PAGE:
There can be a vast difference in the IELTS score required, differing from institution to institution as well as among programs within each institution. It is best to check the individual program application requirements to determine the level required. However, to give you a better idea of what the different caliber of universities generally require, here is a breakdown summary that you can use as a general guide.
The top 2 universities (as named by Times Higher Education University rankings 2018) and the IELTS score required for international students:
- Oxford University: 7
- Cambridge University: 7
It would be wise to note that these are indeed the minimum requirements for program entry, so in order to have an application with a competitive edge, you would be looking at a score of 7.5 or above.
The more mid-range universities (as named by Times Higher Education University rankings 2018) and their IELTS score requirements:
- University of Warwick (91st world ranking) – has an IELTS minimum band requirement of 6, however they split all their courses into bands A-C.
- Band A courses require a score of 6.5 including minimum 6.0 in each component band score.
- Band B courses require a score of 6.0 including minimum 5.5 in each component.
- Band C courses require a score of 7.0 including minimum 6.5 in each component
- University of Leeds (139th world ranking) – has an IELTS minimum score of 6.0 with no less than 5.5 in each component skill across all undergraduate programs.
There are universities in the UK that will accept lower scores than a 5.5. However, across the majority of quality programs a “Competent Level” of English proficiency is required for you to be able to gain the most from a course led in English. Always bear in mind that if 5.5 is a minimum requirement, in order for an application to be competitive you will likely need to score higher than a 6. Find out more information on IELTS preparation and free practice resources available.
How to get Top IELTS Scores
Firstly, for both the Reading and Writing modules, make sure you give an answer for every question. Even if you are well prepared for IELTS, you could find yourself missing some of the answers on the Listening module or running out of time in the Reading module –timing is very tight for the Reading module. If you have a few questions that you haven’t been able to answer fully, it is better just to guess and gain a chance of picking up the marks, rather than leaving questions unanswered.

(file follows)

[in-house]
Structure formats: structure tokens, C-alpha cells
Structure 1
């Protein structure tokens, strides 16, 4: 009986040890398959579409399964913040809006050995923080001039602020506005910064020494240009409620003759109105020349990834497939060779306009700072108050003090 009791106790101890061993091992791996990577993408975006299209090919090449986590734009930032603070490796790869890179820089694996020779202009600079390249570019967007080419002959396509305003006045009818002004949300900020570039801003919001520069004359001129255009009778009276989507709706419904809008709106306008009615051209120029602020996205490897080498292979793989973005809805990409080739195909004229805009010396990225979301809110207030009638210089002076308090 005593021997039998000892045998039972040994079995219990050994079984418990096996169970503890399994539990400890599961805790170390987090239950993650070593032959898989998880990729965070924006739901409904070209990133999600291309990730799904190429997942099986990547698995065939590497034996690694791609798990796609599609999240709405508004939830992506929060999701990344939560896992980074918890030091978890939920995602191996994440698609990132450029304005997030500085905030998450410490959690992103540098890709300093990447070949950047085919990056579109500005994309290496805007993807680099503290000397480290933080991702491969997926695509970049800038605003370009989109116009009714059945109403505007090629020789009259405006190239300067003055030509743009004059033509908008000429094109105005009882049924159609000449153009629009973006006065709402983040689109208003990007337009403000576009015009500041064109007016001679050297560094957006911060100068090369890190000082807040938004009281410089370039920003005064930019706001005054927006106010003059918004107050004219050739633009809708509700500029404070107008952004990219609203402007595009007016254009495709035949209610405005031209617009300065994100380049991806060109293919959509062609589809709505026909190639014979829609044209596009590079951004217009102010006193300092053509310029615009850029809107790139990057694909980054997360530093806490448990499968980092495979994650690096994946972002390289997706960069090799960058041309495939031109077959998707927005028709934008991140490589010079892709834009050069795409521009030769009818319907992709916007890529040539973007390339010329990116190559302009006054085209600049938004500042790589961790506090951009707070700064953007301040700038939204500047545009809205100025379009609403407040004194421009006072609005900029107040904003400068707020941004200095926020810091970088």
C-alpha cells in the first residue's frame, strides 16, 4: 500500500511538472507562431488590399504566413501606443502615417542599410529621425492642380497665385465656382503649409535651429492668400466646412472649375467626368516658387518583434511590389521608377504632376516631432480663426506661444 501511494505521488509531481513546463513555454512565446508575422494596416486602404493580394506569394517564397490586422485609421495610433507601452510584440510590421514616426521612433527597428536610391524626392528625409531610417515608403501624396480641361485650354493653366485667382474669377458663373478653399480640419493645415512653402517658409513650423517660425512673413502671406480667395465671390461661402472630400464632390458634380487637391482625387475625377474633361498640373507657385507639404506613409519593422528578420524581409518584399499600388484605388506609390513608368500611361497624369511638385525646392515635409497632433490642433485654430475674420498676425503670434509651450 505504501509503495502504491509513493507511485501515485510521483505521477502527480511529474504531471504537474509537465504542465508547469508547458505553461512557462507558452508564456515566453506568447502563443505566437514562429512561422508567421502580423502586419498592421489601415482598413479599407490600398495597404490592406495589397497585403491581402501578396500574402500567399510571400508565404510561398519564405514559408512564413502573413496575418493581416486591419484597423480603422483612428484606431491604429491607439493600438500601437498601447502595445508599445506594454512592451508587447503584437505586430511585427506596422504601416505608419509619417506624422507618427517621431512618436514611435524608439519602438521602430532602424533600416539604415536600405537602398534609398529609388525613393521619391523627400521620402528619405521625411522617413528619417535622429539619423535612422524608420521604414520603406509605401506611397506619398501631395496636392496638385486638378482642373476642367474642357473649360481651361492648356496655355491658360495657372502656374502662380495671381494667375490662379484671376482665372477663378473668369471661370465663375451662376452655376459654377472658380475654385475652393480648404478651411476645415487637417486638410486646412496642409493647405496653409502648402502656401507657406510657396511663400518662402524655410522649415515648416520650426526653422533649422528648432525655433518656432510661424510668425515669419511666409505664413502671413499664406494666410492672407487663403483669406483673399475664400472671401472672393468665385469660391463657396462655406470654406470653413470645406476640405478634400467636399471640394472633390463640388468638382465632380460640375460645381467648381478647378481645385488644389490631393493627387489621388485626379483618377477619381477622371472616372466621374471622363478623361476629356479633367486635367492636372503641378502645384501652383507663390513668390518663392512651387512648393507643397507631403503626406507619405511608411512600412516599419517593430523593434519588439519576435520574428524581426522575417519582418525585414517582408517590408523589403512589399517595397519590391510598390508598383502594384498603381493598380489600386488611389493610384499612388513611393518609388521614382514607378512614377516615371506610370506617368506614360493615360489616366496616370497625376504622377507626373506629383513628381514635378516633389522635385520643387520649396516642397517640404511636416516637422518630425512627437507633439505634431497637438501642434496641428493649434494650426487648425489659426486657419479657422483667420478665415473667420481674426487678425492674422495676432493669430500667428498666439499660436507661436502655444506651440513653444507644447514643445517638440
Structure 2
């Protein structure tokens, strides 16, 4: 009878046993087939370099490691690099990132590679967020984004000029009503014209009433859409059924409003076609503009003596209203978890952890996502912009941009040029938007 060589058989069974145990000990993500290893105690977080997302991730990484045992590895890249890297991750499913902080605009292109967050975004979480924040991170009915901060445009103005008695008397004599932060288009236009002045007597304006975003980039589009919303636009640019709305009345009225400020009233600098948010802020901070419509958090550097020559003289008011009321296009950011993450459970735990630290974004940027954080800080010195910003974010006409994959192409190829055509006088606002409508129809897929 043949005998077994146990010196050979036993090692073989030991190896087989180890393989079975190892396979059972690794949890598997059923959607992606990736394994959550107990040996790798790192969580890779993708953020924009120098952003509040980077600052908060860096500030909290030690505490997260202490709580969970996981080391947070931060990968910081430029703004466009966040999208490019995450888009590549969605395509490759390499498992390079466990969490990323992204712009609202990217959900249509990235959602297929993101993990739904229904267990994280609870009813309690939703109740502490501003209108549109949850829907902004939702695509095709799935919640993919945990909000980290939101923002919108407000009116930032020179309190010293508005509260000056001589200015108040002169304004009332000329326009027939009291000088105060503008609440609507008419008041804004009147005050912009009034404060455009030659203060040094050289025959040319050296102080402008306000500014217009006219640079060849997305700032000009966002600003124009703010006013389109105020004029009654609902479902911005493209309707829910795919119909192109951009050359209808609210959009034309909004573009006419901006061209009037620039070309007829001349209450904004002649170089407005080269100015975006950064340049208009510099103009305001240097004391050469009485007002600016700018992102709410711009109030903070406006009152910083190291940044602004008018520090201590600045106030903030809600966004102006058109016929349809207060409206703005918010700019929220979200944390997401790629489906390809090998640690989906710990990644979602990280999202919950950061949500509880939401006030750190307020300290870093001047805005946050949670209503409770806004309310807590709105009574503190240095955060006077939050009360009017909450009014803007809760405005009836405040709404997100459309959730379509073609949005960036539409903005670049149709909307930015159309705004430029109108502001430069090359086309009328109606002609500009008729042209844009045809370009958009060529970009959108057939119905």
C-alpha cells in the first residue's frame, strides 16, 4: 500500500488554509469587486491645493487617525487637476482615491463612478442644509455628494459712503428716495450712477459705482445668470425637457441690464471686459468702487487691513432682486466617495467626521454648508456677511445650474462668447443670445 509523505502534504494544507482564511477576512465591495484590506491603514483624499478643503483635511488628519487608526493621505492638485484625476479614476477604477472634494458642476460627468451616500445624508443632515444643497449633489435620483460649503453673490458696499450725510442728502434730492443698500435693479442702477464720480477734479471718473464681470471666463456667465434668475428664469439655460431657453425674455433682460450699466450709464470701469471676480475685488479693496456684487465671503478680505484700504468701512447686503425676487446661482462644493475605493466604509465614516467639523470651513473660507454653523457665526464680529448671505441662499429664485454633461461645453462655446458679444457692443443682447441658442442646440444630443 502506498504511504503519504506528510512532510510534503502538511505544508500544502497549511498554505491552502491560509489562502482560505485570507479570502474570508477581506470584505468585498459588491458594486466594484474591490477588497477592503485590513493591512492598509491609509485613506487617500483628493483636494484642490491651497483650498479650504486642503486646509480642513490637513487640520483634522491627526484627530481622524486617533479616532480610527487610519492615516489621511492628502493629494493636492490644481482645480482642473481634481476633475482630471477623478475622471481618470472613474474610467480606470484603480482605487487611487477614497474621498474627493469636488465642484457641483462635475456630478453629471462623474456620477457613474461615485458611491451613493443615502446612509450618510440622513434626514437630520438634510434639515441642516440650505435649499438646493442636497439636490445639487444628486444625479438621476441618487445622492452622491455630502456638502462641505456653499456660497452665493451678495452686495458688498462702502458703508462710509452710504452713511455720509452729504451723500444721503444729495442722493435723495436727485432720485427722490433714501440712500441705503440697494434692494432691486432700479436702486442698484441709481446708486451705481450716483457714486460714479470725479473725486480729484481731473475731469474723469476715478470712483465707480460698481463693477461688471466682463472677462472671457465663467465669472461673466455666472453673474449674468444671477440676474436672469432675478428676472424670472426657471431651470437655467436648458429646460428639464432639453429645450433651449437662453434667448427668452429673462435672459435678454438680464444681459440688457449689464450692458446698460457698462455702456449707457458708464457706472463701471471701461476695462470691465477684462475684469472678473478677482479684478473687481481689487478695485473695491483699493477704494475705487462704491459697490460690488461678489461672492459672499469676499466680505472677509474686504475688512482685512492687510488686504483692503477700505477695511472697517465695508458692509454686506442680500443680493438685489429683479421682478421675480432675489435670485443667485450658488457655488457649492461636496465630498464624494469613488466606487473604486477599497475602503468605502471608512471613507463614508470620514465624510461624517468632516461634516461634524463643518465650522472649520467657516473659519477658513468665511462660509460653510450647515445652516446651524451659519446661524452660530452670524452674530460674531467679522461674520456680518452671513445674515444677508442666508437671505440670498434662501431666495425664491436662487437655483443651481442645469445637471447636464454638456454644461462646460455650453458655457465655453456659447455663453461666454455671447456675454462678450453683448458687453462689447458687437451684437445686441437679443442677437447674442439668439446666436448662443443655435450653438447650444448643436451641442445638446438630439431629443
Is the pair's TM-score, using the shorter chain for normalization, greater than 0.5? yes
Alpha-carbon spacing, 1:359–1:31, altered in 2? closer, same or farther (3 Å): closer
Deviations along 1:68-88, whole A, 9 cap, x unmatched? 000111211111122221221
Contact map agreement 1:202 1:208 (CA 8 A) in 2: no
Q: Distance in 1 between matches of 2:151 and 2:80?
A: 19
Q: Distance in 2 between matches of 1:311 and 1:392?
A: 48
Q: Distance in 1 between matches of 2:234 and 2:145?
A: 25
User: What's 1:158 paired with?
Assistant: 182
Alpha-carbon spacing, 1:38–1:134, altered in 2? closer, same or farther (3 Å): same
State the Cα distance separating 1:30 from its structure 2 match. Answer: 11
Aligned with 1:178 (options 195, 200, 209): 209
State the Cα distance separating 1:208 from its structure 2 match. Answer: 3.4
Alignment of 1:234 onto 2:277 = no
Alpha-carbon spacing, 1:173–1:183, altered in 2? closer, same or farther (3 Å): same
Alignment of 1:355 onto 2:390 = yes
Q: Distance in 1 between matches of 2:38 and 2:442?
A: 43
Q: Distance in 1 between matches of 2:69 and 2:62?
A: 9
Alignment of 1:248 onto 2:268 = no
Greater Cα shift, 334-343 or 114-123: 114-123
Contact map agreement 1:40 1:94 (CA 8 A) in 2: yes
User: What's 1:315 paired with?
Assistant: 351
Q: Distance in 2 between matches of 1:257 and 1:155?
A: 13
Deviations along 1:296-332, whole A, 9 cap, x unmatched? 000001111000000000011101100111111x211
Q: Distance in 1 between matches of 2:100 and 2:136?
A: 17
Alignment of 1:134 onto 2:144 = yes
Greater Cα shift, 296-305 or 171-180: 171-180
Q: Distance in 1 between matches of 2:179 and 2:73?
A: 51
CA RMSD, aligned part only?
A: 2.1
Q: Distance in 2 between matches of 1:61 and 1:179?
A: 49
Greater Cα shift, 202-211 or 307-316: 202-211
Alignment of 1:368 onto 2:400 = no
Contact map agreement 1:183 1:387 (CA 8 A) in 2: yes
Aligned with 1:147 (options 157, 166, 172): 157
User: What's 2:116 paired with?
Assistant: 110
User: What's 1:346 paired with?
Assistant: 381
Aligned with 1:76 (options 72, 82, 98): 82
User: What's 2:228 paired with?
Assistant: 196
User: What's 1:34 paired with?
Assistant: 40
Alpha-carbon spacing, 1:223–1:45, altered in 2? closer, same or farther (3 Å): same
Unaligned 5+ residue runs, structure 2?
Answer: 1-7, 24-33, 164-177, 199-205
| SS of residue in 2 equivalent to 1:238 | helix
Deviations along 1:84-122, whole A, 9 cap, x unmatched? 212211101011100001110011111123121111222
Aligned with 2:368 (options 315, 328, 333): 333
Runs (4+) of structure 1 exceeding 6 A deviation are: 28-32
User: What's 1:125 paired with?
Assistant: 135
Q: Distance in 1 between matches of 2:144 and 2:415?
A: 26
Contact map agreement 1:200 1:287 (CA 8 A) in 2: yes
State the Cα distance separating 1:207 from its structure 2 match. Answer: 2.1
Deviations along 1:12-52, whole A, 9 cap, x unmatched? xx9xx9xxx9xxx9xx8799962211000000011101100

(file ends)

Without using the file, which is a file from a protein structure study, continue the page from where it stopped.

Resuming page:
In the Writing module, make sure you read the question carefully, double check that you understand what you have been asked to do and make sure you answer the question as accurately and fully as possible. For example: If in Task 2 you are asked ‘To what extent do you agree or disagree’ you should discuss how much you, not other people, agree or disagree with the statement. Not answering the specific question given is one of the main reasons candidates are marked down.
If you have a good level of English, you do not want to see your Writing band score (and thus your overall band score) go down because you failed to answer the question. On the plus side, if you do a good job of simply answering the questions that are asked, this will have the effect of boosting your score (for Task Achievement in Task 1 and Task Response in Task 2), even if you are weaker in the other criteria, since you will score highly (closer to 9) in that first criterion. In addition, you have to make sure that you write enough words. For Task 1, you must write at least 150 words and for Task 2, at least 250 words. If you write less than these amounts, you will be deducted marks.
Of all the modules, test-takers will often find the Speaking module to be the most challenging, because Speaking is the module that is most affected by your personality. You may be a quiet and shy person who doesn’t say very much even in your mother tongue, so you may find the Speaking interview particularly challenging. Unfortunately, the examiner can’t take this into consideration, so you need to speak as much as you can. It helps to remember that the examiner, unlike a teacher, is looking for the positives in your English, so the more you can say, the more chance you have to get a higher score. Some candidates feel that there is a ‘right’ or a ‘wrong’ answer and that they will be judged on this. This is not the case; the examiner is only interested in how you express your ideas in English – it doesn’t matter what those ideas are.